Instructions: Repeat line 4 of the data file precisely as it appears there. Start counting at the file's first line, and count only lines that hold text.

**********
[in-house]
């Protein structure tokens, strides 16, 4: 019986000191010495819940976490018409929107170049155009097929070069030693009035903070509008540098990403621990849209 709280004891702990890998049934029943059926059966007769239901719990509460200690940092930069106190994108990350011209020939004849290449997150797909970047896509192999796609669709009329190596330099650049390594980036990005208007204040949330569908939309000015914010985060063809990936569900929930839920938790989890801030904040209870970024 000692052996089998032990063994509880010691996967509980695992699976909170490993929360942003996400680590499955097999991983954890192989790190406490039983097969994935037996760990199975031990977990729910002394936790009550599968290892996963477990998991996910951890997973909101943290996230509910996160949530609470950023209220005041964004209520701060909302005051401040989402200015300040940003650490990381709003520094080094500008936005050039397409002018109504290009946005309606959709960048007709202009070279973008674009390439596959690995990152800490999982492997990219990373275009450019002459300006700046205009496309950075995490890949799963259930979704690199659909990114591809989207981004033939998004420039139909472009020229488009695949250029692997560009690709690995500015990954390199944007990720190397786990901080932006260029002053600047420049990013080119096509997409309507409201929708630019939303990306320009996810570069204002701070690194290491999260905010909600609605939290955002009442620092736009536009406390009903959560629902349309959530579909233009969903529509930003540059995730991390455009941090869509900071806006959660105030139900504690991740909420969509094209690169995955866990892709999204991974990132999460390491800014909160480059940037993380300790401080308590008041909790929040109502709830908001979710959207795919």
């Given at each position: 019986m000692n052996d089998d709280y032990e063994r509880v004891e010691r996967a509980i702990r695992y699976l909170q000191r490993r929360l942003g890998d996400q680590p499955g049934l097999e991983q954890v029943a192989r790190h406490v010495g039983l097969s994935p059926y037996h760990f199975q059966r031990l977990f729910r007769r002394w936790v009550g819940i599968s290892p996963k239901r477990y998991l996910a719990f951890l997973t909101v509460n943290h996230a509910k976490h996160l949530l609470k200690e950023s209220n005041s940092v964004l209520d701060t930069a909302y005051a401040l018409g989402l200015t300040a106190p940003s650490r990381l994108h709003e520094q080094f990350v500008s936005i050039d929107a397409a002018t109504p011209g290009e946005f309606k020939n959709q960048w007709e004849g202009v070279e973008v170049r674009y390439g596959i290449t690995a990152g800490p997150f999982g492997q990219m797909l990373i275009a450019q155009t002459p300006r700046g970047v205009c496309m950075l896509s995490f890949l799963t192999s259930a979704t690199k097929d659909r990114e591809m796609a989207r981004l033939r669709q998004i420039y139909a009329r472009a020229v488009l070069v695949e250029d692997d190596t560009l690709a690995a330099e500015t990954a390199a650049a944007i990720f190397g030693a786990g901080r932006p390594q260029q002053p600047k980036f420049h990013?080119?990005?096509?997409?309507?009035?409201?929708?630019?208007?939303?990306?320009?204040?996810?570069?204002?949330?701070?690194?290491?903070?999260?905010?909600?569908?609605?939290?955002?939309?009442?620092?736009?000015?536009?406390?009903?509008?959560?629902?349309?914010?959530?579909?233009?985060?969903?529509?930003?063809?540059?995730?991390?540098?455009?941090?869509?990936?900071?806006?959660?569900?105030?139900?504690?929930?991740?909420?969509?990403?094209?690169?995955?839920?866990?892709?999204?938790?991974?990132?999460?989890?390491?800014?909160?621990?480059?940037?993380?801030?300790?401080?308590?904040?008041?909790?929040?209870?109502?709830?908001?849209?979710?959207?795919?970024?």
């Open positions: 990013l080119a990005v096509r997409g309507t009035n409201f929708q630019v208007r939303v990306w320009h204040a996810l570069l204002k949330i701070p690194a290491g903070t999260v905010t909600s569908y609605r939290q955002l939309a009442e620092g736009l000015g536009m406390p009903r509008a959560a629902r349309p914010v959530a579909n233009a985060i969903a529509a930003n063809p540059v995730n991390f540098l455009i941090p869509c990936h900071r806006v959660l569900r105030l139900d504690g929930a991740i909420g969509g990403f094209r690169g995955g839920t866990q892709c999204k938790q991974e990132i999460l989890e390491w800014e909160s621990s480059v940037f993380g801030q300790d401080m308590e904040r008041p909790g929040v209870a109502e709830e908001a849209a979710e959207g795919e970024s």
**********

């Open positions: 990013l080119a990005v096509r997409g309507t009035n409201f929708q630019v208007r939303v990306w320009h204040a996810l570069l204002k949330i701070p690194a290491g903070t999260v905010t909600s569908y609605r939290q955002l939309a009442e620092g736009l000015g536009m406390p009903r509008a959560a629902r349309p914010v959530a579909n233009a985060i969903a529509a930003n063809p540059v995730n991390f540098l455009i941090p869509c990936h900071r806006v959660l569900r105030l139900d504690g929930a991740i909420g969509g990403f094209r690169g995955g839920t866990q892709c999204k938790q991974e990132i999460l989890e390491w800014e909160s621990s480059v940037f993380g801030q300790d401080m308590e904040r008041p909790g929040v209870a109502e709830e908001a849209a979710e959207g795919e970024s």